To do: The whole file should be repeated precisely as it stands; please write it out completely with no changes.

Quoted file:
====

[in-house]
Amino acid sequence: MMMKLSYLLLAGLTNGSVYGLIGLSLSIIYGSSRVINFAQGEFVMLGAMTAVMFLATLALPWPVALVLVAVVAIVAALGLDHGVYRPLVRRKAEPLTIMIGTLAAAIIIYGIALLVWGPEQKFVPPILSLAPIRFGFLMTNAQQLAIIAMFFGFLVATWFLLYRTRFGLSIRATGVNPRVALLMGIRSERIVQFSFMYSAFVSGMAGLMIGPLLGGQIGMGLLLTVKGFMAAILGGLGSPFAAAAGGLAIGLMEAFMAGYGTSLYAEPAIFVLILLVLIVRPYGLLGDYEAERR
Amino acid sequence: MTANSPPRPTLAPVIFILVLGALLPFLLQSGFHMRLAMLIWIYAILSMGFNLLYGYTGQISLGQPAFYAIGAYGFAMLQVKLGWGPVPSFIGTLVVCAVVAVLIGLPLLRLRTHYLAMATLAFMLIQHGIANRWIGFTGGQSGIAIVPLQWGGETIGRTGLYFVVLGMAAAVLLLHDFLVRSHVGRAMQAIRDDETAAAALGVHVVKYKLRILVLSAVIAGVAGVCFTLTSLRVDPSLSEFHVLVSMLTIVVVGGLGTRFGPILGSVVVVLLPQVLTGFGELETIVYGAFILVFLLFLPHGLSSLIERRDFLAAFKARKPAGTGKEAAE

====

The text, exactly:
[in-house]
Amino acid sequence: MMMKLSYLLLAGLTNGSVYGLIGLSLSIIYGSSRVINFAQGEFVMLGAMTAVMFLATLALPWPVALVLVAVVAIVAALGLDHGVYRPLVRRKAEPLTIMIGTLAAAIIIYGIALLVWGPEQKFVPPILSLAPIRFGFLMTNAQQLAIIAMFFGFLVATWFLLYRTRFGLSIRATGVNPRVALLMGIRSERIVQFSFMYSAFVSGMAGLMIGPLLGGQIGMGLLLTVKGFMAAILGGLGSPFAAAAGGLAIGLMEAFMAGYGTSLYAEPAIFVLILLVLIVRPYGLLGDYEAERR
Amino acid sequence: MTANSPPRPTLAPVIFILVLGALLPFLLQSGFHMRLAMLIWIYAILSMGFNLLYGYTGQISLGQPAFYAIGAYGFAMLQVKLGWGPVPSFIGTLVVCAVVAVLIGLPLLRLRTHYLAMATLAFMLIQHGIANRWIGFTGGQSGIAIVPLQWGGETIGRTGLYFVVLGMAAAVLLLHDFLVRSHVGRAMQAIRDDETAAAALGVHVVKYKLRILVLSAVIAGVAGVCFTLTSLRVDPSLSEFHVLVSMLTIVVVGGLGTRFGPILGSVVVVLLPQVLTGFGELETIVYGAFILVFLLFLPHGLSSLIERRDFLAAFKARKPAGTGKEAAE